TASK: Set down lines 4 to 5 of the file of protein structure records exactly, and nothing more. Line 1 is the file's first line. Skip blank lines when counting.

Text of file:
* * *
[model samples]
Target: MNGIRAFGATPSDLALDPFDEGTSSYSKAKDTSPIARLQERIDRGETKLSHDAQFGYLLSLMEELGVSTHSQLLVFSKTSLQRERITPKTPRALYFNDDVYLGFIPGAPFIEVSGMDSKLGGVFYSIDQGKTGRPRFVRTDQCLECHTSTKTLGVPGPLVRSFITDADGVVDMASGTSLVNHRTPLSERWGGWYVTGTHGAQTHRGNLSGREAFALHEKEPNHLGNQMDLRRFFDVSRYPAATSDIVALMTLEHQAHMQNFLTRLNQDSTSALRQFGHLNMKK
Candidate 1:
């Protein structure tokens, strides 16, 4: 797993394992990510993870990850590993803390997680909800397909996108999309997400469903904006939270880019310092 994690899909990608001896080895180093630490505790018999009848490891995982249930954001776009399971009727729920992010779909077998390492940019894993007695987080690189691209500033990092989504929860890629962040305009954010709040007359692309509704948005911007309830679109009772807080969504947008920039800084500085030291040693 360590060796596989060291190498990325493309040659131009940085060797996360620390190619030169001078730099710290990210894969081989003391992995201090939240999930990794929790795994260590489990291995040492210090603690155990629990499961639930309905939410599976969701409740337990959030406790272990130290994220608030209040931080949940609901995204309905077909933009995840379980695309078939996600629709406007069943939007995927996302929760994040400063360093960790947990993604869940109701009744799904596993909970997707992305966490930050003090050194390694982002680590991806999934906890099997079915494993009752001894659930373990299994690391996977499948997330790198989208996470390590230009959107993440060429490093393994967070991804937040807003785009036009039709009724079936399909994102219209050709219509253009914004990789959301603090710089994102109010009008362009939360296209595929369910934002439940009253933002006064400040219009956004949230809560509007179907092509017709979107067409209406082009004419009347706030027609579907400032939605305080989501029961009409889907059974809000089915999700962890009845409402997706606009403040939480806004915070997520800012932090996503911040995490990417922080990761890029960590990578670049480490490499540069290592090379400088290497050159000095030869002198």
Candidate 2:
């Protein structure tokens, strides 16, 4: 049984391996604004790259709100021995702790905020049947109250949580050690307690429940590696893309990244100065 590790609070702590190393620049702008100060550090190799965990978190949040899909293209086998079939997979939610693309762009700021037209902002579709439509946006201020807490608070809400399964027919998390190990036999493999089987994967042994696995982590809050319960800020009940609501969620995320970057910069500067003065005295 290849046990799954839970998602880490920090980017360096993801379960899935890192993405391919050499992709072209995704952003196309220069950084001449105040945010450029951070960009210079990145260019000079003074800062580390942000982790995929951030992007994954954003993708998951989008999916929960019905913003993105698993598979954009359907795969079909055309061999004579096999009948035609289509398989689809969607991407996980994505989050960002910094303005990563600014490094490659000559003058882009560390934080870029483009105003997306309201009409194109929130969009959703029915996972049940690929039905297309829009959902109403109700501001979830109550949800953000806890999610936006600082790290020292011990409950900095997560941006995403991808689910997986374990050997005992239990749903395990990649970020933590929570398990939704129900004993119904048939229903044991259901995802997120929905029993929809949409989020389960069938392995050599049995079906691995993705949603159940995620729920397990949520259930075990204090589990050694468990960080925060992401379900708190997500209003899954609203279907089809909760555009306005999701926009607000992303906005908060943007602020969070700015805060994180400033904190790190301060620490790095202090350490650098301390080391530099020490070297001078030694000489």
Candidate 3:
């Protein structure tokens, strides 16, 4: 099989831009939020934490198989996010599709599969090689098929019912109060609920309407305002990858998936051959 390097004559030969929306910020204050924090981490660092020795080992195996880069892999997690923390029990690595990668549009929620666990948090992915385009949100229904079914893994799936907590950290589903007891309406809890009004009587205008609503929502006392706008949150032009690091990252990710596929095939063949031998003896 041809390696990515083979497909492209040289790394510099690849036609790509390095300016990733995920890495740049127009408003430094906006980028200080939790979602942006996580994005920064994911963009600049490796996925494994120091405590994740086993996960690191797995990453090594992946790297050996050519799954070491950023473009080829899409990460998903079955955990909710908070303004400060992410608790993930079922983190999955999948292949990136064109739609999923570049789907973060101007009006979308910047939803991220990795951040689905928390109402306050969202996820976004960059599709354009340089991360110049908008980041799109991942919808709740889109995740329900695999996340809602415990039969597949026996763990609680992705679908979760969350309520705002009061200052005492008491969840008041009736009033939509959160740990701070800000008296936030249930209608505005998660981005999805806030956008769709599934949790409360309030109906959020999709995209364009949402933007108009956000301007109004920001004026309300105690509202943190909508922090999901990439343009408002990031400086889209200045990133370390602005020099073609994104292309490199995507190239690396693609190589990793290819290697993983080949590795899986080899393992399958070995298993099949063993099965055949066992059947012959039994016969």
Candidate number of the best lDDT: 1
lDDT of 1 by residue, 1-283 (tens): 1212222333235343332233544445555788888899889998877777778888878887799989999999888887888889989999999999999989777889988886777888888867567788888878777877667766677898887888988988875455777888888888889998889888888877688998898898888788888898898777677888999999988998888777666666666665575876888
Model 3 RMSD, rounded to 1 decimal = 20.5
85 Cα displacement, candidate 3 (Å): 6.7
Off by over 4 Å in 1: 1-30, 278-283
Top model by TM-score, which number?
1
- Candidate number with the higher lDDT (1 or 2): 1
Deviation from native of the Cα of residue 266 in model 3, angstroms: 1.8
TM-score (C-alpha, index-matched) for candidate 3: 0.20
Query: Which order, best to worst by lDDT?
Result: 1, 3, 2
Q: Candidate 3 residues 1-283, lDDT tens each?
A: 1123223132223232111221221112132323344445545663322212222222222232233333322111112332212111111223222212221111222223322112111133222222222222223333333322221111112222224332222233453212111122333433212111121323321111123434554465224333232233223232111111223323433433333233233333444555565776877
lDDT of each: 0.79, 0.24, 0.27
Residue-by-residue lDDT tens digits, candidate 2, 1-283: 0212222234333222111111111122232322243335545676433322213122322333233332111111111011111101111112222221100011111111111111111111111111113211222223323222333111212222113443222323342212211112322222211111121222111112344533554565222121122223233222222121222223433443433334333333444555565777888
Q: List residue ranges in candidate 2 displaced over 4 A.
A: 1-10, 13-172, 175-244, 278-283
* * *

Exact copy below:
């Protein structure tokens, strides 16, 4: 797993394992990510993870990850590993803390997680909800397909996108999309997400469903904006939270880019310092 994690899909990608001896080895180093630490505790018999009848490891995982249930954001776009399971009727729920992010779909077998390492940019894993007695987080690189691209500033990092989504929860890629962040305009954010709040007359692309509704948005911007309830679109009772807080969504947008920039800084500085030291040693 360590060796596989060291190498990325493309040659131009940085060797996360620390190619030169001078730099710290990210894969081989003391992995201090939240999930990794929790795994260590489990291995040492210090603690155990629990499961639930309905939410599976969701409740337990959030406790272990130290994220608030209040931080949940609901995204309905077909933009995840379980695309078939996600629709406007069943939007995927996302929760994040400063360093960790947990993604869940109701009744799904596993909970997707992305966490930050003090050194390694982002680590991806999934906890099997079915494993009752001894659930373990299994690391996977499948997330790198989208996470390590230009959107993440060429490093393994967070991804937040807003785009036009039709009724079936399909994102219209050709219509253009914004990789959301603090710089994102109010009008362009939360296209595929369910934002439940009253933002006064400040219009956004949230809560509007179907092509017709979107067409209406082009004419009347706030027609579907400032939605305080989501029961009409889907059974809000089915999700962890009845409402997706606009403040939480806004915070997520800012932090996503911040995490990417922080990761890029960590990578670049480490490499540069290592090379400088290497050159000095030869002198």
Candidate 2: